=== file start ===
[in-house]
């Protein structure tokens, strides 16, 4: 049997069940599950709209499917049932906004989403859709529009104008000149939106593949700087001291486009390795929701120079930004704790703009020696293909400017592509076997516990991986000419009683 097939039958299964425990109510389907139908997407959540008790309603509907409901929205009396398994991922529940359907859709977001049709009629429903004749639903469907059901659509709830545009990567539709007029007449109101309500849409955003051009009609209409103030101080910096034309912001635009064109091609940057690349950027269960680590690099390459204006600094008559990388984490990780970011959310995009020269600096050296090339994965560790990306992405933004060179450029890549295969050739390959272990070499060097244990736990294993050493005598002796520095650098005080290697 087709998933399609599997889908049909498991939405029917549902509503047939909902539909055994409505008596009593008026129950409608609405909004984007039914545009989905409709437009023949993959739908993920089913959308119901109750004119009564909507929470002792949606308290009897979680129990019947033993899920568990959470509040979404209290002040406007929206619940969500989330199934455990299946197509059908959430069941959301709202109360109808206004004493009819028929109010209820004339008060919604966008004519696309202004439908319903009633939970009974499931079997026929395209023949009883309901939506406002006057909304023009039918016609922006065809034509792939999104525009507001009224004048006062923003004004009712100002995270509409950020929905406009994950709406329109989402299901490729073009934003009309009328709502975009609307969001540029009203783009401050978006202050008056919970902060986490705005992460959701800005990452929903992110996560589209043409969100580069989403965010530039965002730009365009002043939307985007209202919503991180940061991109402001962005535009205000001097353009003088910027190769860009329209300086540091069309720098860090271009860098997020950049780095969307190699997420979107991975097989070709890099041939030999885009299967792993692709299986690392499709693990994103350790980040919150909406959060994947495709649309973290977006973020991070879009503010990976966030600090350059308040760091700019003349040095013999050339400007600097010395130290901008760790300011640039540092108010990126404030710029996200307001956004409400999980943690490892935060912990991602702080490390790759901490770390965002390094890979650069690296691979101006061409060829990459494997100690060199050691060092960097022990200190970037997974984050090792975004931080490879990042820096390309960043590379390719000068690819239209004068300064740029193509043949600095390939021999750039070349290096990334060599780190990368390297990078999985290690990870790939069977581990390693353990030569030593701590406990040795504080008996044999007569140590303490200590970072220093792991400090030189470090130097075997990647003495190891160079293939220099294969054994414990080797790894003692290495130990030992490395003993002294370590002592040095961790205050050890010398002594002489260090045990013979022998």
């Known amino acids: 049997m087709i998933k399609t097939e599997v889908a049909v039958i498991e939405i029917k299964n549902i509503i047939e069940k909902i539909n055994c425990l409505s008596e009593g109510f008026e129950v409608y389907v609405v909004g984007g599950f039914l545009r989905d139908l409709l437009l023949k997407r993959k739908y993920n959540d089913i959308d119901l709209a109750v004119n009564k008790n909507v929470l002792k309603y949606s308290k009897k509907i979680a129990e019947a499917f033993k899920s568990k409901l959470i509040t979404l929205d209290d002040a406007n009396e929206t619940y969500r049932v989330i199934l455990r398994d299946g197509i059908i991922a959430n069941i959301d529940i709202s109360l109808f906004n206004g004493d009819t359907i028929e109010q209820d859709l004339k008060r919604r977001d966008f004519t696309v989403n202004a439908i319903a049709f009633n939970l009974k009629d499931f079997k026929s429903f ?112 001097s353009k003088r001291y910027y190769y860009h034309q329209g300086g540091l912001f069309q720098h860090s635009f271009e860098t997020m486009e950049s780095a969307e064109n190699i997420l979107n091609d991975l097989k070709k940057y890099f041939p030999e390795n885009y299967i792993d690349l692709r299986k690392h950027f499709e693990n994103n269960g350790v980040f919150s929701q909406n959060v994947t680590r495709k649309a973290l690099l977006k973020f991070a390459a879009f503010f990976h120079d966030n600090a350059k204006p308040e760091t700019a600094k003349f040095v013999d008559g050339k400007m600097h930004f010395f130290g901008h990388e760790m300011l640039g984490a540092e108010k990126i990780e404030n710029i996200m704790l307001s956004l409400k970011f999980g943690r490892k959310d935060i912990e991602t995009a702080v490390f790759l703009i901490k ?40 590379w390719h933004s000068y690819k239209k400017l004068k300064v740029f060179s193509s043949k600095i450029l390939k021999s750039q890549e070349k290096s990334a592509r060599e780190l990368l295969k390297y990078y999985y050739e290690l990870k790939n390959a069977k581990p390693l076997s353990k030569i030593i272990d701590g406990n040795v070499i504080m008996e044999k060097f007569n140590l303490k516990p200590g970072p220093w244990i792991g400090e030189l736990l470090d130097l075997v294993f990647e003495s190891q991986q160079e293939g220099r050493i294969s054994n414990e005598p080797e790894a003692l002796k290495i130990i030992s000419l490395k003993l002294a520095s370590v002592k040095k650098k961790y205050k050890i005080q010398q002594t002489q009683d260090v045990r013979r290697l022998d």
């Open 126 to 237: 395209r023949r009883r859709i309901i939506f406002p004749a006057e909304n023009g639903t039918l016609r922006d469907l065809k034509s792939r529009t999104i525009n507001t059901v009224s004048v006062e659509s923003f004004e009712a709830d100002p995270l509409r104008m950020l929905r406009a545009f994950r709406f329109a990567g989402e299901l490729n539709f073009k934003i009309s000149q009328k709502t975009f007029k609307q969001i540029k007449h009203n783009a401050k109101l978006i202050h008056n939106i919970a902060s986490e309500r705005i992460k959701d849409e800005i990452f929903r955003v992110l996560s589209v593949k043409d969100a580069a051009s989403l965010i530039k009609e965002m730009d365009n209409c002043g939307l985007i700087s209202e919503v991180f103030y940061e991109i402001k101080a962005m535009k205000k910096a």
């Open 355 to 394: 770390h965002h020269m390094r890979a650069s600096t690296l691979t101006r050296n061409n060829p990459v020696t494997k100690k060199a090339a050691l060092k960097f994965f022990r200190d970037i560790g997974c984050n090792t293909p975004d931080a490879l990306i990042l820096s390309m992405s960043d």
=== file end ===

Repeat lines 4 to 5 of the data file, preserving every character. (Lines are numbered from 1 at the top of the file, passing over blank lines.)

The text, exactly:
């Open 126 to 237: 395209r023949r009883r859709i309901i939506f406002p004749a006057e909304n023009g639903t039918l016609r922006d469907l065809k034509s792939r529009t999104i525009n507001t059901v009224s004048v006062e659509s923003f004004e009712a709830d100002p995270l509409r104008m950020l929905r406009a545009f994950r709406f329109a990567g989402e299901l490729n539709f073009k934003i009309s000149q009328k709502t975009f007029k609307q969001i540029k007449h009203n783009a401050k109101l978006i202050h008056n939106i919970a902060s986490e309500r705005i992460k959701d849409e800005i990452f929903r955003v992110l996560s589209v593949k043409d969100a580069a051009s989403l965010i530039k009609e965002m730009d365009n209409c002043g939307l985007i700087s209202e919503v991180f103030y940061e991109i402001k101080a962005m535009k205000k910096a």
């Open 355 to 394: 770390h965002h020269m390094r890979a650069s600096t690296l691979t101006r050296n061409n060829p990459v020696t494997k100690k060199a090339a050691l060092k960097f994965f022990r200190d970037i560790g997974c984050n090792t293909p975004d931080a490879l990306i990042l820096s390309m992405s960043d």